Dracula may only exist in the imagination – of both Bram Stoker and his readers (not to mention its numerous film and television adaptations). But it’ll still be ghoulishly fun to find yourself a part of the myth, history and macabre legend. Discover Transylvania on our Gems of Southeast Europe or Grand Danube land packages.
A Gruesome History
Of course, as is true of all good castles – the fortress was also the setting of a number of other myths, legends and famous residents. Vlad the Impaler, also known as Vlad III or Vlad Drăculea (sound familiar?), was reportedly held captive and locked up in the dungeon in the 15th century. Not that Vlad might not have deserved it – he earned his nickname as he killed an estimated 20-80,000 people by impaling them with spikes. In other words, this Medieval warlord also had a taste for blood. Vlad’s father, Vlad II, was given the surname Dracul (the old Romanian word for dragon) after being inducted into a knightly order (the Order of the Dragon) to defeat the encroaching Turkish Ottoman Empire.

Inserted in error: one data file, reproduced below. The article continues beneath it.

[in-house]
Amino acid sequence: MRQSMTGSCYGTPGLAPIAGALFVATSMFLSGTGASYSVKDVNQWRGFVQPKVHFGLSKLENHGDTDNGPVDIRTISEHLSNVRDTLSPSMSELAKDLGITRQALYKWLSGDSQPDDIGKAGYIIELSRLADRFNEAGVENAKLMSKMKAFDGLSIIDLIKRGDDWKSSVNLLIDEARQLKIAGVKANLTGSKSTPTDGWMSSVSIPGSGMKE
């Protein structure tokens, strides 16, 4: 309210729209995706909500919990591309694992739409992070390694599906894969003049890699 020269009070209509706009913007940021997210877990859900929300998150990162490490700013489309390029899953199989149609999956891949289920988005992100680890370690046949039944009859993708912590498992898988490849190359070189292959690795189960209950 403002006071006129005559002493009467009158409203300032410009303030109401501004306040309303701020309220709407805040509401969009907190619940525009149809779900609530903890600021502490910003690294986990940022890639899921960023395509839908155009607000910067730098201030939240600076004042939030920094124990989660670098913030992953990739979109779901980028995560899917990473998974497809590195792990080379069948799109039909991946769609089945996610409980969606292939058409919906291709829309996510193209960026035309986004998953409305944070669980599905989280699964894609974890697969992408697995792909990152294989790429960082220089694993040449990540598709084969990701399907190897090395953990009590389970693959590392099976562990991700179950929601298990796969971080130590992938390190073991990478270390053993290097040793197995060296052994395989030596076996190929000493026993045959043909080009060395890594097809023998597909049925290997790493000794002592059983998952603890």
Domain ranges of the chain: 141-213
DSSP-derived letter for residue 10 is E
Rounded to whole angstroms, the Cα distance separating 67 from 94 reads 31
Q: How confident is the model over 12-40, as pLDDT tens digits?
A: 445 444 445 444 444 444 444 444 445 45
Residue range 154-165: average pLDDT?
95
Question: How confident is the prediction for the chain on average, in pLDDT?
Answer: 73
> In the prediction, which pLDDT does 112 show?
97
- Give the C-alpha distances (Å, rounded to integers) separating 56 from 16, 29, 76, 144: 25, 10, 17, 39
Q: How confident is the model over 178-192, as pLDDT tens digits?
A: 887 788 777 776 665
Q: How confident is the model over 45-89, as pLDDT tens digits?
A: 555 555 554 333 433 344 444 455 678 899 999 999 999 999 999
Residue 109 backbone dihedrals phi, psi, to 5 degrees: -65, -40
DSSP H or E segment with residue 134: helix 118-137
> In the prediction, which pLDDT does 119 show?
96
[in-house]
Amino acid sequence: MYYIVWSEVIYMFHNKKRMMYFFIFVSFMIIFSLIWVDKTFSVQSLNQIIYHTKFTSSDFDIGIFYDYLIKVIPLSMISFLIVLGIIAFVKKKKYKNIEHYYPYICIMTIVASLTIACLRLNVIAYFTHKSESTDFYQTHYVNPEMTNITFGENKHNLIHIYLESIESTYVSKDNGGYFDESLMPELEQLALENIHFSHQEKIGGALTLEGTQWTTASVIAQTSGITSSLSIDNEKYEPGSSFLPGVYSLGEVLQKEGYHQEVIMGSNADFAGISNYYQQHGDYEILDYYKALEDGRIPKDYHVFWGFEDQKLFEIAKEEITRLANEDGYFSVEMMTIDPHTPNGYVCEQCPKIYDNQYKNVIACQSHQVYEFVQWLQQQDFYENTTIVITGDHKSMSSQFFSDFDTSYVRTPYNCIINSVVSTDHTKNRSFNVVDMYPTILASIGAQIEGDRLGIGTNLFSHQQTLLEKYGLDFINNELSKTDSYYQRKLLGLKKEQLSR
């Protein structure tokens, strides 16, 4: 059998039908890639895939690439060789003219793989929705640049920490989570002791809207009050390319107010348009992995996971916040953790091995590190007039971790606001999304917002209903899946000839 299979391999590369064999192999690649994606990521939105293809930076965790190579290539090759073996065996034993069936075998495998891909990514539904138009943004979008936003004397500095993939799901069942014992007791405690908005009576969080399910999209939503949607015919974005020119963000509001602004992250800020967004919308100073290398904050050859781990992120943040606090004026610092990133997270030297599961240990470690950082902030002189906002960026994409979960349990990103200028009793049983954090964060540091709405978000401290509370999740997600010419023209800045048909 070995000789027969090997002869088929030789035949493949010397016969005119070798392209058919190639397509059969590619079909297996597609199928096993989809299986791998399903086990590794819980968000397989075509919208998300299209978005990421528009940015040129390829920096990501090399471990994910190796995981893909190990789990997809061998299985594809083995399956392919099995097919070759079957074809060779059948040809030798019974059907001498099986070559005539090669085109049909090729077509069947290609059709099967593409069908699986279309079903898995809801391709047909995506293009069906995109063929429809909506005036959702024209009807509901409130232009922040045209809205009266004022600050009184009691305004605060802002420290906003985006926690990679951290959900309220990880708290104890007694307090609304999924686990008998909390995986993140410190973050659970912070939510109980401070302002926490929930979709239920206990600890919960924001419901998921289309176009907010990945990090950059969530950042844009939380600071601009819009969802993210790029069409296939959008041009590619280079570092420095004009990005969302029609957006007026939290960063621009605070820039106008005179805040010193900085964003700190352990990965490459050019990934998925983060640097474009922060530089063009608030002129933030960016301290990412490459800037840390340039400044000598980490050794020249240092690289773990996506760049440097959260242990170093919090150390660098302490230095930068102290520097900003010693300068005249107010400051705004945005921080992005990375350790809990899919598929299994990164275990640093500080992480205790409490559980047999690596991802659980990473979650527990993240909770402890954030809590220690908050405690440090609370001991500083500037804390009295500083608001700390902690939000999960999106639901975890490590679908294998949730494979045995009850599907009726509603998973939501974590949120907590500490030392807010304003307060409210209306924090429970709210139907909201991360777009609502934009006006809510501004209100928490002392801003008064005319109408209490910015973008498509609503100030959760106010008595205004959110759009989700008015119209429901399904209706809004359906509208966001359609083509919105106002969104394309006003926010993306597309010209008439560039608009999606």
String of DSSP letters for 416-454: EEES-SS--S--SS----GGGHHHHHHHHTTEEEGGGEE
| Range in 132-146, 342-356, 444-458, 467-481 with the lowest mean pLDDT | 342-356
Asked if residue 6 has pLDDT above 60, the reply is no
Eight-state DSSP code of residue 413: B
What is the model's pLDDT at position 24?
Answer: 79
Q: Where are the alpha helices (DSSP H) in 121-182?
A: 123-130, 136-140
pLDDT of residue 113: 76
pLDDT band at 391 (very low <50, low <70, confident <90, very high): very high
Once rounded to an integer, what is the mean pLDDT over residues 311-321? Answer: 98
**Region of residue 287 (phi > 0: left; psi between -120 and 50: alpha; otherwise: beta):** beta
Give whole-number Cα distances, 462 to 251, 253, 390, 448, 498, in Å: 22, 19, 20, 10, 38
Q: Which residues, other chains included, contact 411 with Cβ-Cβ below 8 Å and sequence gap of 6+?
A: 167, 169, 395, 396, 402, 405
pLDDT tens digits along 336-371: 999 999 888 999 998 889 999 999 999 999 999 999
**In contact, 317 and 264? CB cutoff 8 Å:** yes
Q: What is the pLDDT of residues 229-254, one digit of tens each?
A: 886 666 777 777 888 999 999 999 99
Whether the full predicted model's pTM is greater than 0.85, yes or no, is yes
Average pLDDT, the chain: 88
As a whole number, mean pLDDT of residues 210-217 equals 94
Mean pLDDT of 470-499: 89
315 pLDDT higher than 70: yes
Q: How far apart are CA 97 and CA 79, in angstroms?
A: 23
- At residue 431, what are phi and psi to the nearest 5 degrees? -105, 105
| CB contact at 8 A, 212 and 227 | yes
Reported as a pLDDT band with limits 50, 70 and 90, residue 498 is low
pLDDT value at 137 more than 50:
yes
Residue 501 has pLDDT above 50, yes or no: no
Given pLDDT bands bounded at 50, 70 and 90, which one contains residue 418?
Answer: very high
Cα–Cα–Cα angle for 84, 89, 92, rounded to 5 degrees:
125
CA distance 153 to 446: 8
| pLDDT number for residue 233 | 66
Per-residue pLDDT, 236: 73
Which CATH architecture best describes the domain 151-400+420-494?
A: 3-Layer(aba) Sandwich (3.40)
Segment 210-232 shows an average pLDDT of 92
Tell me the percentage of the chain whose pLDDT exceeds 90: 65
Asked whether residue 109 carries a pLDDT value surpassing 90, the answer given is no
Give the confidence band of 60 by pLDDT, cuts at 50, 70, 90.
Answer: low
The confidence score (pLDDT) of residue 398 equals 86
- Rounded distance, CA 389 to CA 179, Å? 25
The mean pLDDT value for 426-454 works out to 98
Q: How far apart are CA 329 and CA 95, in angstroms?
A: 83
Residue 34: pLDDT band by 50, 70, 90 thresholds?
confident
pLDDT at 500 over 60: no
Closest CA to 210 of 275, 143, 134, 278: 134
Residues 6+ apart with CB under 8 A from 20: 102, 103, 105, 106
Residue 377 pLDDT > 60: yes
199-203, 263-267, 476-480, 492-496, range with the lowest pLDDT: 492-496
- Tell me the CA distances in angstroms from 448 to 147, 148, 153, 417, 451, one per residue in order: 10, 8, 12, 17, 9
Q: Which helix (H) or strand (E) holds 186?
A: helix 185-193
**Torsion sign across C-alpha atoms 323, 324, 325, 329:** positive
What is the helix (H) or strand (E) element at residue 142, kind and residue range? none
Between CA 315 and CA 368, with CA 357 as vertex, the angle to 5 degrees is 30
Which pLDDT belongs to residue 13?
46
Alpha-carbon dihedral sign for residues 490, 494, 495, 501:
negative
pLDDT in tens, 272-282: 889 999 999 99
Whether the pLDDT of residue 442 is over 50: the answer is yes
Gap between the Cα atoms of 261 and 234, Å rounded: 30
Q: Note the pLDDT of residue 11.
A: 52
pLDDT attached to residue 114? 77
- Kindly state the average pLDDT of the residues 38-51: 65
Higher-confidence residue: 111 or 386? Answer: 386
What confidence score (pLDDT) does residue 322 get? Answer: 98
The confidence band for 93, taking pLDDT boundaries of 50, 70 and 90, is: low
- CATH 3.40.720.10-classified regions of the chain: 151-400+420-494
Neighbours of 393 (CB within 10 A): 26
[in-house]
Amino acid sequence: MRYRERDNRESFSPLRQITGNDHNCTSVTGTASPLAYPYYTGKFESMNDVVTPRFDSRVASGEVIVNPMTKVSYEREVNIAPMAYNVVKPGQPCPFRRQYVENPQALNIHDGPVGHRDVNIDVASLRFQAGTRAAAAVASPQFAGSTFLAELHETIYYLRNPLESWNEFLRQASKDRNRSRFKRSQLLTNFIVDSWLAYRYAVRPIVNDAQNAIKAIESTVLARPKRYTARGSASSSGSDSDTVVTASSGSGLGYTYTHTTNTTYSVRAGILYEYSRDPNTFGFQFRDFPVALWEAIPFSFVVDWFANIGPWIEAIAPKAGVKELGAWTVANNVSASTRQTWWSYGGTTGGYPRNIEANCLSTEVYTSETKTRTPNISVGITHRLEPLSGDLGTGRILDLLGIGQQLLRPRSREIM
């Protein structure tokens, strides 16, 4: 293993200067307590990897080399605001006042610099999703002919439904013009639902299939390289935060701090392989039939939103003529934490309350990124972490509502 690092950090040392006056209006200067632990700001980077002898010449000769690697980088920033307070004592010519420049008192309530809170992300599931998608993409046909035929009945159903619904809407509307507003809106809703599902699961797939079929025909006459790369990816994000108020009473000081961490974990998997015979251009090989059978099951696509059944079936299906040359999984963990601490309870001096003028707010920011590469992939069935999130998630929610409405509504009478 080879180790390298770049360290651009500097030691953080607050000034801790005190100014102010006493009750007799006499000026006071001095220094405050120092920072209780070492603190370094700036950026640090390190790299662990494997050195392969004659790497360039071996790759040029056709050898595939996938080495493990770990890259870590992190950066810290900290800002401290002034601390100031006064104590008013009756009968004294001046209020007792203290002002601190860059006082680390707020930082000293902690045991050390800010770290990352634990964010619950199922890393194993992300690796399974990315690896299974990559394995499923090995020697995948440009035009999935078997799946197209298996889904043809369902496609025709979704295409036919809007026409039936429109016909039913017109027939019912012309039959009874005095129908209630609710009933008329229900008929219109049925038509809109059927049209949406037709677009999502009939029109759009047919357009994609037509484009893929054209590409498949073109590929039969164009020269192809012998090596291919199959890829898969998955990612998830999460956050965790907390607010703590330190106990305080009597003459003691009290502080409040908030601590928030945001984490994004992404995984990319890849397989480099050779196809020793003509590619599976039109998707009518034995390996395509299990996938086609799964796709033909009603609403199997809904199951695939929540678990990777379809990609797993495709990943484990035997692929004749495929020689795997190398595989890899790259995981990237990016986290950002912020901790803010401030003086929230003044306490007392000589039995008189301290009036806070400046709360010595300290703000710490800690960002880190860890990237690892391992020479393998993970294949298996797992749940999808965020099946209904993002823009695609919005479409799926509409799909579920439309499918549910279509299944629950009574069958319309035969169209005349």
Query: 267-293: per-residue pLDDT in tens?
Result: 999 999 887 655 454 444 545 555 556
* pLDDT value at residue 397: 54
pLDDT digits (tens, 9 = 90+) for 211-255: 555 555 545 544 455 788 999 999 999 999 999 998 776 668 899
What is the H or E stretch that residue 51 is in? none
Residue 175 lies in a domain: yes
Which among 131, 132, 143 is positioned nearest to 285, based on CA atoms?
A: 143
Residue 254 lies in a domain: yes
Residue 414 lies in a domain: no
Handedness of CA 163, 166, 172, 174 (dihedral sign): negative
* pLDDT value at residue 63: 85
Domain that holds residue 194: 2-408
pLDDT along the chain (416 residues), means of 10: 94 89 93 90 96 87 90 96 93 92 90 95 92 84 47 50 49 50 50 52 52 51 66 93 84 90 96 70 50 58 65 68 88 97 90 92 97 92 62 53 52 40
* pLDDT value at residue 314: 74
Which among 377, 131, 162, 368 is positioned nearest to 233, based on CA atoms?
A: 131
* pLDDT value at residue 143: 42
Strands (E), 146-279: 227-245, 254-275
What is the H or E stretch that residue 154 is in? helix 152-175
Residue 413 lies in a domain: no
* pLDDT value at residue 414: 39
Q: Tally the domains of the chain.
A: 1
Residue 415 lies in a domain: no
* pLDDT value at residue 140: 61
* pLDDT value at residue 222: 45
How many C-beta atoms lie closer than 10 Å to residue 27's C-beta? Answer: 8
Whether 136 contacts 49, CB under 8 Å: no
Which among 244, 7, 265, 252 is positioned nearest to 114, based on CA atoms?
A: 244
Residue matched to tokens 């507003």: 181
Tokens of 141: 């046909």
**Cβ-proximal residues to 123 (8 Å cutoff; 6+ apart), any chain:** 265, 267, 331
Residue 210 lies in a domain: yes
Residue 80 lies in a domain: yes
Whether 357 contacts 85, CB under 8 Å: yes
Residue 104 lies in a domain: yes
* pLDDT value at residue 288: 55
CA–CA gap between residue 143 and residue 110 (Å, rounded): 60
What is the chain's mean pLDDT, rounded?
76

As his son, Vlad III was hence known as the ‘son of Dracul’ or, in old Romanian: Drăculea. Stories on Vlad’s gruesome habits are chilling: he is rumored to have invited hundreds to a banquet only to have them stabbed and impaled on spikes, still twitching, as he himself continued his feast. Stories of him dipping his bread in their blood were rampant. When a group of Ottomans refused to doff their turbans out of religious respect, he nailed them to their skulls. And there’s many, many more. While some may have been exaggerated, many stories repeated certain details so at least a good amount must have been historically accurate.
In the Middle Ages, notoriously known for its brutal violence – Vlad managed to stand out from the rest. Yet he was praised by many for being a just ruler in Transylvania and keeping invaders at bay. An 1820 book by the British consul to Wallachia, William Wilkinson, mentioned the sadistic ruler bringing him to the attention of more modern audiences.